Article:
3T MRI accurately stages rectal cancer, identifies candidates for sphincter-sparing surgery

May 25, 2007

Patients examined at the Qilu Hospital of Shandong University in China for rectal cancer benefit from the added diagnostic power of 3T MRI for staging and identifying candidates for sphincter-sparing surgery.

Patients examined at the Qilu Hospital of Shandong University in China for rectal cancer benefit from the added diagnostic power of 3T MRI for staging and identifying candidates for sphincter-sparing surgery.

Dr. Xiaoming Zhang, a radiologist at Qilu Hospital, reported Monday that her single-site prospective trial involving 38 patients with primary rectal cancer showed that 3T MRI was 92% accurate for grading T-stage rectal cancer and 97% accurate at successfully identifying patients for sphincter-sparing surgery. The system did not perform as well for diagnosing lymph node metastases. For that measure, the accuracy rate for the protocol was 79%.

MRI diagnosis and staging were correlated with surgical results and histopathology. The distance from the lower margin of rectal cancer to the point where the levator ani muscle attached to the rectum was measured to predict a possible approach for sphincter-sparing surgery.

Twenty-three men and 15 women, with a mean age of 60, were examined. The patients were administered a laxative and underwent sodium chloride enema to thoroughly cleanse the bowel before imaging. Lumenal distension of the rectum was also performed before MRI, Zhang said.

Studies were acquired on a 3T scanner equipped with an eight-channel surface coil. Axial, coronal, and sagittal T2, axial T1, FSE, and spoiled gradient echo sequences were performed. Two-D MR hydrography used an SSFSE sequence and 3D DCE-MRI with fat saturation.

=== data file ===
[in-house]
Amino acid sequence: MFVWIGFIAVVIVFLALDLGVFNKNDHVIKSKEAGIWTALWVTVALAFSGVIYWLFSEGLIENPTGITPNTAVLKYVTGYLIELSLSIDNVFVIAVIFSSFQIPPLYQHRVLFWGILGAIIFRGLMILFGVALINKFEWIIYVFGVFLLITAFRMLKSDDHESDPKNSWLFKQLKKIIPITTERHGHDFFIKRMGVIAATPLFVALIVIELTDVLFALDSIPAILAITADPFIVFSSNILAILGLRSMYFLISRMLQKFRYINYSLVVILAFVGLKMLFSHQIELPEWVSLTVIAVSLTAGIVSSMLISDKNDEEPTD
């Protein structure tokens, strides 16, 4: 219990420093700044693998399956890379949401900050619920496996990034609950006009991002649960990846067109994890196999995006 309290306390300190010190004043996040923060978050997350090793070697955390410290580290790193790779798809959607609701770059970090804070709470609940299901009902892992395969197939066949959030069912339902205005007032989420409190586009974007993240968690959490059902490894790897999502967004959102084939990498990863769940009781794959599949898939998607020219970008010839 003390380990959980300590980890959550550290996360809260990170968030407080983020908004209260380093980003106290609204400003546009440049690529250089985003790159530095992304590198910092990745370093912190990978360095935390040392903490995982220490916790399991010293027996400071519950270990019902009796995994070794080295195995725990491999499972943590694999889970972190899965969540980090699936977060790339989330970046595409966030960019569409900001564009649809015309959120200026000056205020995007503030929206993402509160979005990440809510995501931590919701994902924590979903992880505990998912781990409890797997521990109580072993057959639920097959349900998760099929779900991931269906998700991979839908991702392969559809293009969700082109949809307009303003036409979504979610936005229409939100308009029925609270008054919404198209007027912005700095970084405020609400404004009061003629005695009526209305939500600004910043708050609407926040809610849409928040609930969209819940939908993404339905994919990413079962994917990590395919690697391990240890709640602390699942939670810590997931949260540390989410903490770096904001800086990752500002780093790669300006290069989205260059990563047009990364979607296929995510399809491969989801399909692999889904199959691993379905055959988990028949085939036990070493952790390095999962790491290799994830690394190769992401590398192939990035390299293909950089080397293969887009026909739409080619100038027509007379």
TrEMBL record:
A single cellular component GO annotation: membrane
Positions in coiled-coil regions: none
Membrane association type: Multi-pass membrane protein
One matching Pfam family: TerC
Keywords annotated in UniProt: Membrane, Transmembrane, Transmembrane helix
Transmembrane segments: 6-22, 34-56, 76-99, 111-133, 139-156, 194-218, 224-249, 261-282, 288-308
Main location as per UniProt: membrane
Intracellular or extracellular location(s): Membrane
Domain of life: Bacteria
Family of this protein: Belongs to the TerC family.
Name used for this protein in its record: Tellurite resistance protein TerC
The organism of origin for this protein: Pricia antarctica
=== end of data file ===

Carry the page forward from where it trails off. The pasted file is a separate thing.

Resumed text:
Three radiologists, who were blinded to the patients' clinical information, rated the scans' imaging quality on a five-point scale. They rendered a diagnosis and predicted the possibility of sphincter-sparing surgery based on data from 11 pulse sequences. Tumor node metastasis grading was combined with T1- and T2-stage tumors into a single grade. All detected nodes were more than 1 cm in diameter.

Among case examples, Zhang described her group's experience with a 57-year-old man with well-differentiated T1 rectal adenocarcinoma. A polyp was identified with T2 sequence. On DCE-MR, the tumor was well discriminated from the normal wall. The distance from the lower margin of the rectal tumor to the upper margins of the external sphincter was greater than 5 cm, making the patient eligible for sphincter-sparing surgery, she said.

The readers preferred the dynamic contrast-enhanced sequence because it produced the best depiction of tumor margins, Zhang said. The T2 sequences, including coronal, sagittal, and axial views, were preferred to the 2T presentation with fat saturation. The DCE sequence's advantage over the fat saturation method may have stemmed from its bright depiction of fatty tissue around the rectum.

MR hydrography demonstrated the rectal lumen showing endoluminal features, such as filling defects. The imaging quality is similar to that obtainable with barium enema, Zhang said.

For more information, refer to following stories from the Diagnostic Imaging archive:

MR imaging stride ahead in rectal cancer staging

High-field scanners assume routine clinical caseloads

Post-treatment imaging offers precise tracking of rectal cancer recurrence